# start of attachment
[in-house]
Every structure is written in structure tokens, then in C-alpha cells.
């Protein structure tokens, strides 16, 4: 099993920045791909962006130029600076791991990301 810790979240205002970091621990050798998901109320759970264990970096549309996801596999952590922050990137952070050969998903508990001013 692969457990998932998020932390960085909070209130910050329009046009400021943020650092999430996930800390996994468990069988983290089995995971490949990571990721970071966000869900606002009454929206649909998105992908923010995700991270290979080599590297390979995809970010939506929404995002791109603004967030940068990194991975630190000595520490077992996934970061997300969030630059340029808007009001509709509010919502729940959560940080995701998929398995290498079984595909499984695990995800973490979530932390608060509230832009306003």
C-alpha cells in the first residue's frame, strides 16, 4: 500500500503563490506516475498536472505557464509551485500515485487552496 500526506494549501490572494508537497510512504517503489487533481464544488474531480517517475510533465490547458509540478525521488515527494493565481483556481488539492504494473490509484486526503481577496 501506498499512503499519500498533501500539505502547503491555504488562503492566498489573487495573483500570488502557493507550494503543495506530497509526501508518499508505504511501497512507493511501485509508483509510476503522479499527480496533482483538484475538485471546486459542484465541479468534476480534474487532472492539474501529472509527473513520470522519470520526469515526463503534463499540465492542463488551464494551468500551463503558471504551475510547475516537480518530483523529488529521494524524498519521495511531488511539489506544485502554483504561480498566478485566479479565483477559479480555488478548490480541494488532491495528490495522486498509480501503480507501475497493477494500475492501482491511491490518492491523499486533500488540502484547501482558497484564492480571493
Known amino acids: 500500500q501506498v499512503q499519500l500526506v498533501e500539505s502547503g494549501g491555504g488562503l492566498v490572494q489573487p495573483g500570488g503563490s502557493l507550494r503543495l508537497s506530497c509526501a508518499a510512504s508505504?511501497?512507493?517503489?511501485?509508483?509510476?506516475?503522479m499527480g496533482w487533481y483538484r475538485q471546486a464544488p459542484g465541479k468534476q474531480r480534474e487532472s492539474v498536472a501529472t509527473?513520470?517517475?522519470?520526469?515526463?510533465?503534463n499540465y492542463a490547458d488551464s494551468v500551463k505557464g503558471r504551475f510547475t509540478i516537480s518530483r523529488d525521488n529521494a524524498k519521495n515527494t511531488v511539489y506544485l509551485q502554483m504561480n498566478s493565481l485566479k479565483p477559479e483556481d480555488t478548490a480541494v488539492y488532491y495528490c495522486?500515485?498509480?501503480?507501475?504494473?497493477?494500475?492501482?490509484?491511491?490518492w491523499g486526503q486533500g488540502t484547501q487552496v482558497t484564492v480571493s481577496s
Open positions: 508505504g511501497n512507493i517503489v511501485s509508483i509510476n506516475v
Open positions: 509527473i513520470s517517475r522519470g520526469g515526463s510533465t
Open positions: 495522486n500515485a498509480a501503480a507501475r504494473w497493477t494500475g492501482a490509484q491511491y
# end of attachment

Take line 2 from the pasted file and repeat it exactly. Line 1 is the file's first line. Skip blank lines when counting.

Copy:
Every structure is written in structure tokens, then in C-alpha cells.